Original Article

Molecular Psychiatry (2012) 17, 624–633; doi:10.1038/mp.2012.13; published online 27 March 2012

Prediction of susceptibility to major depression by a model of interactions of multiple functional genetic variants and environmental factors

M-L Wong1, C Dong2, V Andreev3, M Arcos-Burgos1 and J Licinio1

  1. 1Department of Translational Medicine, John Curtin School of Medical Research, Australian National University, Canberra, ACT, Australia
  2. 2Department of Neurology, University of Miami Miller School of Medicine, Miami, FL, USA
  3. 3Department of Psychiatry, University of Miami Miller School of Medicine, Miami, FL, USA

Correspondence: Professor J Licinio, Department of Translational Medicine, John Curtin School of Medical Research, Australian National University, Building 131, Garran Road, Canberra, ACT, 2601, Australia. E-mail: Julio.Licinio@anu.edu.au

Received 2 December 2011; Revised 30 January 2012; Accepted 30 January 2012
Advance online publication 27 March 2012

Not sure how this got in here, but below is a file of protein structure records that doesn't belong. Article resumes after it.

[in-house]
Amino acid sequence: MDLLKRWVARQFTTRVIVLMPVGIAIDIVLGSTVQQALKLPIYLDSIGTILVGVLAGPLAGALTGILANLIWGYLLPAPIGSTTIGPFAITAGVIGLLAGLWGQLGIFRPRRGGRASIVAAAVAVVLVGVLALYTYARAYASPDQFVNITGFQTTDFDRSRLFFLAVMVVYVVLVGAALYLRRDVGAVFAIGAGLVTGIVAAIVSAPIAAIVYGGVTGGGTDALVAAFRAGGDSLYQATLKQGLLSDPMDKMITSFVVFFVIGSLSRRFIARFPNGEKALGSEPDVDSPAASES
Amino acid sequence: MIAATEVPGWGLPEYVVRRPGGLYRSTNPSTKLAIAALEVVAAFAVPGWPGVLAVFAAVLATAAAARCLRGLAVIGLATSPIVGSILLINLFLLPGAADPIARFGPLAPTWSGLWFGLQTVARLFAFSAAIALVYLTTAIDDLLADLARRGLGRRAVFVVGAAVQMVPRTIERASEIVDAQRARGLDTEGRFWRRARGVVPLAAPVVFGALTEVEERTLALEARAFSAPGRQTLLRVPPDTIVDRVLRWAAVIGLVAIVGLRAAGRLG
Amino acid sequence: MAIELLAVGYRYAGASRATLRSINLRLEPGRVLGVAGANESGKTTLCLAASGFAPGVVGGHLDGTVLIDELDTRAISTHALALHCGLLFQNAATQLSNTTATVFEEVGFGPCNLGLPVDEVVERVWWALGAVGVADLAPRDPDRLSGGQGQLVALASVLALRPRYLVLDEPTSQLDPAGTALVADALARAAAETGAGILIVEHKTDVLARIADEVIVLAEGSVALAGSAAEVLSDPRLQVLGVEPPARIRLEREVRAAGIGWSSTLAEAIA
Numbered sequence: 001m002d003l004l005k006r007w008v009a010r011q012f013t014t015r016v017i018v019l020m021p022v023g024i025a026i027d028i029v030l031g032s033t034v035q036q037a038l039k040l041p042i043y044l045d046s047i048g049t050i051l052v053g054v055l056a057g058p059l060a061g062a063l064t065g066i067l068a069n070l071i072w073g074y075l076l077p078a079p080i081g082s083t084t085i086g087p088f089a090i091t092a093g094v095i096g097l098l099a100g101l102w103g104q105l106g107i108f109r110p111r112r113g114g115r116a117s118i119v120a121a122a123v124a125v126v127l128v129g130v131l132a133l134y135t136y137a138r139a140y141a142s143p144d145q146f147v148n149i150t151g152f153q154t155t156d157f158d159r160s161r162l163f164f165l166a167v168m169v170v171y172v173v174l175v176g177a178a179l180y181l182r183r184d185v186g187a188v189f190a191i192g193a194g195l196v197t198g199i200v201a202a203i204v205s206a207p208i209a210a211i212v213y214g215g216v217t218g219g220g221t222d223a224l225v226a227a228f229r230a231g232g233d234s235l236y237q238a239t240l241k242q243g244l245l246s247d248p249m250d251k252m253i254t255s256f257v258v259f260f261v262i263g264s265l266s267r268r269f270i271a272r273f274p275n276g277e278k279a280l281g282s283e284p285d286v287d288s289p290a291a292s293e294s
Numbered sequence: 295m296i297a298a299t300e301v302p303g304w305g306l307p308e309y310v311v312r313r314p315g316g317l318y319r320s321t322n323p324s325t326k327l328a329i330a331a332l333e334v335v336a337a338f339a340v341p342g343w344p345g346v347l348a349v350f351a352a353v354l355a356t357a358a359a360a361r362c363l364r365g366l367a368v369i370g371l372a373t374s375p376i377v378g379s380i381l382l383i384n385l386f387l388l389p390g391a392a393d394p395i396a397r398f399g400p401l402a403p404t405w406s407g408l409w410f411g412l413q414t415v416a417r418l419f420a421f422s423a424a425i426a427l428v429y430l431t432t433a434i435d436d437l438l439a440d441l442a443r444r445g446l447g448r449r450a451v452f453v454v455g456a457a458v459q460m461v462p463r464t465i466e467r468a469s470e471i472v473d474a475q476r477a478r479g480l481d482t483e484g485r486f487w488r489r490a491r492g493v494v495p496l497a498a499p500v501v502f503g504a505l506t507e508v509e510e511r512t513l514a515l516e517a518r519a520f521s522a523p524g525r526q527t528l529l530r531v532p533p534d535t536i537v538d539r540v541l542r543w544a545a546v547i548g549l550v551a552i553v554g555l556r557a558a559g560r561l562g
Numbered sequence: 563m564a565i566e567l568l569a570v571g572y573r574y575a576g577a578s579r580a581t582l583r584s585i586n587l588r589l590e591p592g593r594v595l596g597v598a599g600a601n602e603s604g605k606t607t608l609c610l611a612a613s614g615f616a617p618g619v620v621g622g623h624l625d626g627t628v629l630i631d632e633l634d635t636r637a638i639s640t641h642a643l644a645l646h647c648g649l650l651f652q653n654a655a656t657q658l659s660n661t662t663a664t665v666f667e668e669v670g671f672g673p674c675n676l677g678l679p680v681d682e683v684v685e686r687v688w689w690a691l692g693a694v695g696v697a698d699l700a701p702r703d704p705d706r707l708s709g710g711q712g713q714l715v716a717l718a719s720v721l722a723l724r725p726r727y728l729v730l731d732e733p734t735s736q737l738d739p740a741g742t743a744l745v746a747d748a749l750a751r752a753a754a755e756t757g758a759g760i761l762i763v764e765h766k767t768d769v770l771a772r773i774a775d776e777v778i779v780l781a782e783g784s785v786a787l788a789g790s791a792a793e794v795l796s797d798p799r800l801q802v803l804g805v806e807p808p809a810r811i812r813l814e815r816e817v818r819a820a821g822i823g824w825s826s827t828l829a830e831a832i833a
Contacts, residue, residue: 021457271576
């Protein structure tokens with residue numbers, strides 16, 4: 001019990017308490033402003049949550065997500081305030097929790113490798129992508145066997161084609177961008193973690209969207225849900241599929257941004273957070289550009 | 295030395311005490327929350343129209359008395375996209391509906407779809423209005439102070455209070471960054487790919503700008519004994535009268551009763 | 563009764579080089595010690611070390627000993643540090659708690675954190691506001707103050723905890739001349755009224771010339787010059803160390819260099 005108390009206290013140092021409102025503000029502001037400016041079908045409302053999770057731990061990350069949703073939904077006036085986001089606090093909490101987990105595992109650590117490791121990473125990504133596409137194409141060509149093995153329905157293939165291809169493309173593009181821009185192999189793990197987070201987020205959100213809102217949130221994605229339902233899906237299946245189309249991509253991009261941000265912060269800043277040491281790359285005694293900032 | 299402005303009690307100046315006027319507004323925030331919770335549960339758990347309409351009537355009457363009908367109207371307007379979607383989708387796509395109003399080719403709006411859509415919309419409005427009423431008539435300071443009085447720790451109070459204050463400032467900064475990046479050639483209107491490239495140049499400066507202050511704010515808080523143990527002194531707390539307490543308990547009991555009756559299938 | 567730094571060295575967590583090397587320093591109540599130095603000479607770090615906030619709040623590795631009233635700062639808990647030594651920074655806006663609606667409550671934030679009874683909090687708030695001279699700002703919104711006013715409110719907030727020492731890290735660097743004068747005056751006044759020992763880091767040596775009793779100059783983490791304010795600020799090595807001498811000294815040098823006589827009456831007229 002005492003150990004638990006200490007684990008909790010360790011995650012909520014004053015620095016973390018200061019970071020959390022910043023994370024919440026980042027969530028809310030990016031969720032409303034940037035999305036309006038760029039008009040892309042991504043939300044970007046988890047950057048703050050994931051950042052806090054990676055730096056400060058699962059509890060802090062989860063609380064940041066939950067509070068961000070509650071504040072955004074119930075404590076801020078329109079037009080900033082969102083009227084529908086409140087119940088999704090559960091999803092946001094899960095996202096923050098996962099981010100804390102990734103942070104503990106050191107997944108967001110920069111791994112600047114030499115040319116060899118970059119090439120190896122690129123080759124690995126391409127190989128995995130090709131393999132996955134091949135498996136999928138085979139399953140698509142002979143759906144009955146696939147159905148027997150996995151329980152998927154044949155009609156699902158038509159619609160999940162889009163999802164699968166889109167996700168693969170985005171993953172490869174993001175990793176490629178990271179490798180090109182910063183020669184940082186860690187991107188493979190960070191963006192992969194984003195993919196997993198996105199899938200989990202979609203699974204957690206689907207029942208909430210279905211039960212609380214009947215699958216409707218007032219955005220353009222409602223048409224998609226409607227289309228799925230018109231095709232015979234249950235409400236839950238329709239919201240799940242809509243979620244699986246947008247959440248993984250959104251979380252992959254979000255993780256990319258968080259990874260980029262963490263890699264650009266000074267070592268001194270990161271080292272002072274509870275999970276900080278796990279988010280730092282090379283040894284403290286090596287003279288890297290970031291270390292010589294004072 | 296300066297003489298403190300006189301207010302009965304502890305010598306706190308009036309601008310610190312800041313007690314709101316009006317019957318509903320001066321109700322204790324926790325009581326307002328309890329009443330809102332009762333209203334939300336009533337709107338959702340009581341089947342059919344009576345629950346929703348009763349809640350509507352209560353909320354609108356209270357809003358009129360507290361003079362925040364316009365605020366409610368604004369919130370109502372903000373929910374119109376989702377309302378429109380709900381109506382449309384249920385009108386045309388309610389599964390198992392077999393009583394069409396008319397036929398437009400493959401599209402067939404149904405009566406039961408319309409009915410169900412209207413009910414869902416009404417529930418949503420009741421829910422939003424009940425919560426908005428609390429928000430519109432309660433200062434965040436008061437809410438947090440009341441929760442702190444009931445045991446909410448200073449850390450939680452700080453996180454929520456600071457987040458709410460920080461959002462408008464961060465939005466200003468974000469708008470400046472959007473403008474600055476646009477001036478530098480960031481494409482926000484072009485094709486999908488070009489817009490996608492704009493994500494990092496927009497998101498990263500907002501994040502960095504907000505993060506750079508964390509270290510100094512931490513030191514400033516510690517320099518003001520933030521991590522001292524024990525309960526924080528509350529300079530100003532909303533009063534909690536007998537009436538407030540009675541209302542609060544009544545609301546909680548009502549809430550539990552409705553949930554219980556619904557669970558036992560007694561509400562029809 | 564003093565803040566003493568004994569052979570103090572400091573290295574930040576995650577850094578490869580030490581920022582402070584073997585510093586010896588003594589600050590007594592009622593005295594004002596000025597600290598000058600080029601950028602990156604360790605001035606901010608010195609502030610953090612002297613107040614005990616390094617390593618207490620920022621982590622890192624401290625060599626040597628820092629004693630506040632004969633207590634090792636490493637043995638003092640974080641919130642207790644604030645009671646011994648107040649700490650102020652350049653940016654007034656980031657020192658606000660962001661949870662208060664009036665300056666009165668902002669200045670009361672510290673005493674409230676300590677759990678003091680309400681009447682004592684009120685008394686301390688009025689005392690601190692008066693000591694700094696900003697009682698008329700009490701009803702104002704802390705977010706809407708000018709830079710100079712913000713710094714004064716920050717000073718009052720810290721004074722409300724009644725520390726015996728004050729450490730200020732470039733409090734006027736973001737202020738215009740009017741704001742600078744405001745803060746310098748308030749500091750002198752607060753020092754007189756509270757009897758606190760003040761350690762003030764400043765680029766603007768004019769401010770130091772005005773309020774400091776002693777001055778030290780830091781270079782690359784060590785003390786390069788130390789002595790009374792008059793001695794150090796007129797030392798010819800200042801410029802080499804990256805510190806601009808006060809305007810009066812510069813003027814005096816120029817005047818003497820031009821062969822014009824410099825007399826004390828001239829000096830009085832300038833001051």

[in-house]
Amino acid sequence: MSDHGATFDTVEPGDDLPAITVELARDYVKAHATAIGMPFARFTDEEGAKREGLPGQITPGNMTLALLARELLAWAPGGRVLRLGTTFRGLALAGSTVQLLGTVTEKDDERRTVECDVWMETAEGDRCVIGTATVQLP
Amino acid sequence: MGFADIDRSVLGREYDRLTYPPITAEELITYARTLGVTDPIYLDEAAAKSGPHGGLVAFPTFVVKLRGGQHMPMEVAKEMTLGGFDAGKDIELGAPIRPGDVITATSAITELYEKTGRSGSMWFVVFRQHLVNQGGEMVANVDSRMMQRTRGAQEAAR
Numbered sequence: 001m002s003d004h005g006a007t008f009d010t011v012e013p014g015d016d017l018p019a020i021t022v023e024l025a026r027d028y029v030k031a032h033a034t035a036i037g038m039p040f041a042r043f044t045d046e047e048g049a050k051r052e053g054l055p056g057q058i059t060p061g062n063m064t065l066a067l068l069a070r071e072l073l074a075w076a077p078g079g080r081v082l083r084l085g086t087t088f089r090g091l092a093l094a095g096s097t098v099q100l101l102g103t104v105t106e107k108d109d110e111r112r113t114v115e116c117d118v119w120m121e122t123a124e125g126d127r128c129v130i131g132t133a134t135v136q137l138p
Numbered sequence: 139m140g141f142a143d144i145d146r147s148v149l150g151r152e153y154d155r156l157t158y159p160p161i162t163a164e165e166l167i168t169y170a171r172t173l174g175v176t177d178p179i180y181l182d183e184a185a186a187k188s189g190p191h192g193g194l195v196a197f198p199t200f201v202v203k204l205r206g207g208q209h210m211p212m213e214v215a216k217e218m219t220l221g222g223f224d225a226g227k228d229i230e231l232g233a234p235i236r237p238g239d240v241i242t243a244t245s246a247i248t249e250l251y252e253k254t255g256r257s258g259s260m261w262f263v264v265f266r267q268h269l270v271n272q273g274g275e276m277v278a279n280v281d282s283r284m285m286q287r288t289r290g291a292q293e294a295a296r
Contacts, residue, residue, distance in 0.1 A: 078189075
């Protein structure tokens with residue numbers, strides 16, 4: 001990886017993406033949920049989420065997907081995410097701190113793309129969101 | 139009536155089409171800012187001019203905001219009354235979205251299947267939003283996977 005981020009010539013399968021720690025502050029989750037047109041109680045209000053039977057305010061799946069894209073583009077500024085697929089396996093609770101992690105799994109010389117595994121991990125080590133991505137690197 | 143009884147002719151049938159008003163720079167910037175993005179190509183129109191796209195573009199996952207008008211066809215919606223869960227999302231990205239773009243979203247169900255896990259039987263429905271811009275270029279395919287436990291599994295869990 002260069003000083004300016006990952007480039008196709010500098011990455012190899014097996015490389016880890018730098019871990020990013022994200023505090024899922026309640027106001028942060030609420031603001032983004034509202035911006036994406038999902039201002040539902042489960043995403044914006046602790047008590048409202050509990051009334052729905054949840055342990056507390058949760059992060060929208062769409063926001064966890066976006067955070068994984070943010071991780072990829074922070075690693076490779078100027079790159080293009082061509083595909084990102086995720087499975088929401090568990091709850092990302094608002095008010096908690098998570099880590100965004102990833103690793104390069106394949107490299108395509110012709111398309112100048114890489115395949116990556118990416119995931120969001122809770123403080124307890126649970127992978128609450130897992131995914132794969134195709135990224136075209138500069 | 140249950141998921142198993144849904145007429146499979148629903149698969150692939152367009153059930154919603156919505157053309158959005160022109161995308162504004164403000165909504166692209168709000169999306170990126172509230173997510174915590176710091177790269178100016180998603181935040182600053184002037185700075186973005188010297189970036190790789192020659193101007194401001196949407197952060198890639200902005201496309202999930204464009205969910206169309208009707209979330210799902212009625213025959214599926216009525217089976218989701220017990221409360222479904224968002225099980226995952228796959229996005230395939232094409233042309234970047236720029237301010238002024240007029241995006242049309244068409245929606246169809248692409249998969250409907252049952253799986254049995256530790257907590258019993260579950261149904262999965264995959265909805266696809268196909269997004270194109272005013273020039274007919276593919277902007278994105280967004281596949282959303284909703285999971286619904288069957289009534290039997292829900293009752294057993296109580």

Major depressive disorder (MDD) is the most common psychiatric disorder and the second overall cause of disability. Even though a significant amount of the variance in the MDD phenotype is explained by inheritance, specific genetic variants conferring susceptibility to MDD explain only a minimal proportion of MDD causality. Moreover, genome-wide association studies have only identified two small-sized effect loci that reach genome-wide significance. In this study, a group of Mexican-American patients with MDD and controls recruited for a pharmacogenetic study were genotyped for nonsynonymous single-nucleotide polymorphisms (nsSNPs) and used to explore the interactions of multiple functional genetic variants with risk-classification tree analysis. The risk-classification tree analysis model and linkage disequilibrium blocks were used to replicate exploratory findings in the database of genotypes and phenotypes (dbGaP) for major depression, and pathway analysis was performed to explore potential biological mechanisms using the branching events. In exploratory analyses, we found that risk-classification tree analysis, using 15 nsSNPs that had a nominal association with MDD diagnosis, identified multiple increased-MDD genotype clusters and significant additive interactions in combinations of genotype variants that were significantly associated with MDD. The results in the dbGaP for major depression disclosed a multidimensional dependent phenotype constituted of MDD plus significant modifiers (smoking, marriage status, age, alcohol abuse/dependence and gender), which then was used for the association tree analysis. The reconstructed tree analysis for the dbGaP data showed robust reliability and replicated most of the genes involved in the branching process found in our exploratory analyses. Pathway analysis using all six major events of branching (PSMD9, HSD3B1, BDNF, GHRHR, PDE6C and PDLIM5) was significant for positive regulation of cellular and biological processes that are relevant to growth and organ development. Our findings not only provide important insights into the biological pathways underlying innate susceptibility to MDD but also offer a predictive framework based on interactions of multiple functional genetic variants and environmental factors. These findings identify novel targets for therapeutics and for translation into preventive, clinical and personalized health care.